It has happened again. A huge metropolis in China has been shut down because of a number of covid cases that would hardly raise an eyebrow in an American city.
The southern city of Chengdu reported 157 new cases Wednesday and more than 700 over the past week. In most cities outside China, 700 cases wouldn’t be classified as an outbreak, let alone in a metropolis of 21 million people. But China is different, as we have seen so many times over the past two years, and this week those 21 million people were put on lockdown. Effective at 6 p.m. Thursday, these were the rules in Chengdu: You can leave your house for mandated covid tests; each household can send one person (with a negative test) out for groceries once per day; otherwise special permissions would be required to leave home. As of today, only supermarkets, pharmacies and hospitals are allowed to open.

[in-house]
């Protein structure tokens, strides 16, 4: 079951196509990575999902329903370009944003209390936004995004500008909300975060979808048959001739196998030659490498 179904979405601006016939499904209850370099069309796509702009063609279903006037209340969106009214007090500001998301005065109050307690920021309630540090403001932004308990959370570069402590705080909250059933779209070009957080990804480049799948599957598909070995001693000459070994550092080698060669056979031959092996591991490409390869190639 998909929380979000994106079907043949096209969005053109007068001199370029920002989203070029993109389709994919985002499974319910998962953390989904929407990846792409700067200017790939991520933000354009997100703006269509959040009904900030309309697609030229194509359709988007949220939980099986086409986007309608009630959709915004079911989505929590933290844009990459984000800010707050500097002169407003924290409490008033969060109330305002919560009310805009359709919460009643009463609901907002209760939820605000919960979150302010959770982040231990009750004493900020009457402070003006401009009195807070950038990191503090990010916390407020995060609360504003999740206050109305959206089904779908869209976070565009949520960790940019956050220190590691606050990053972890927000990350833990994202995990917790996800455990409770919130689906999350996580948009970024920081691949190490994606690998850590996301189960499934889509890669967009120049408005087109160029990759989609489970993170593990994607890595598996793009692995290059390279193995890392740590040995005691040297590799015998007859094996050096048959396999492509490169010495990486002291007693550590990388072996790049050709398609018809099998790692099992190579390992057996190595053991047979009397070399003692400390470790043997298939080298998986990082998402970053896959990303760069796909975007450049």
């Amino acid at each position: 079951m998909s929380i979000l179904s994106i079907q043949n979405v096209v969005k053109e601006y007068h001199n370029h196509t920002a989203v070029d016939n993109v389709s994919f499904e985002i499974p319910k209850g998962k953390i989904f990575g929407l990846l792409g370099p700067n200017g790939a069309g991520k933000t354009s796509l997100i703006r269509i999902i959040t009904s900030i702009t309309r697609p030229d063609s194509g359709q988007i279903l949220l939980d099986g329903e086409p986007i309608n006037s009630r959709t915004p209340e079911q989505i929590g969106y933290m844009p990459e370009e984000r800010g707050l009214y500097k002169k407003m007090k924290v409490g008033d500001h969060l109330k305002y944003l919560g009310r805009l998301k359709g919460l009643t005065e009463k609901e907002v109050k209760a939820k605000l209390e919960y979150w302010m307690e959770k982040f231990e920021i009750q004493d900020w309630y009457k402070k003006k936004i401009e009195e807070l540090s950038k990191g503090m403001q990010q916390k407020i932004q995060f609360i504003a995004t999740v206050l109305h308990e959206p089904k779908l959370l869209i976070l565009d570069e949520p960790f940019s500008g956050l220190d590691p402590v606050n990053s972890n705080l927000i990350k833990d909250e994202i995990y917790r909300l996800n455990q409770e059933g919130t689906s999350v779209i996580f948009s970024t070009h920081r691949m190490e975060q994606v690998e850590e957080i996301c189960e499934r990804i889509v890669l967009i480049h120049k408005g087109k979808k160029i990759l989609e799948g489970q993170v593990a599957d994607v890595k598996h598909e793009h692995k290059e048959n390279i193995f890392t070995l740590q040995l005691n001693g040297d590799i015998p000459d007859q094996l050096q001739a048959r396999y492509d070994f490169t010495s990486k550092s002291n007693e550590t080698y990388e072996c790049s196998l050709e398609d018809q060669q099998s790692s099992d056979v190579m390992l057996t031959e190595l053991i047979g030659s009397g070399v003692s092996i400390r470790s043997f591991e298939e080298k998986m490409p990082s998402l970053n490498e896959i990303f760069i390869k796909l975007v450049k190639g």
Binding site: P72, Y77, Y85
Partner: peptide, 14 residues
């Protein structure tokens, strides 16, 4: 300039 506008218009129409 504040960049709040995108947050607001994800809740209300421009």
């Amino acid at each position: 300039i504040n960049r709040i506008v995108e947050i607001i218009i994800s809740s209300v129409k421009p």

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- Hungry and scared: Inside Shanghai’s disastrous zero-covid lockdown
- Shanghai’s covid lockdown is over. Its economic problems aren’t.
- China Scientist: New Covid Wave Could Bring 65 Million Weekly Cases
These photos are divided between the pre-lockdown mad rush to stores and food markets — and then the all-too-familiar scenes of a major city gone quiet. It’s hard for the rest of the world to imagine; in China, it’s all too easy.
And so once again — as was the case for the two-month lockdown in Shanghai cities, zero-covid will bring economic pain, at a time when — as Grid has reported — China faces economic headwinds on multiple fronts.
Officials in Chengdu gave no indication of how long the lockdown might last.
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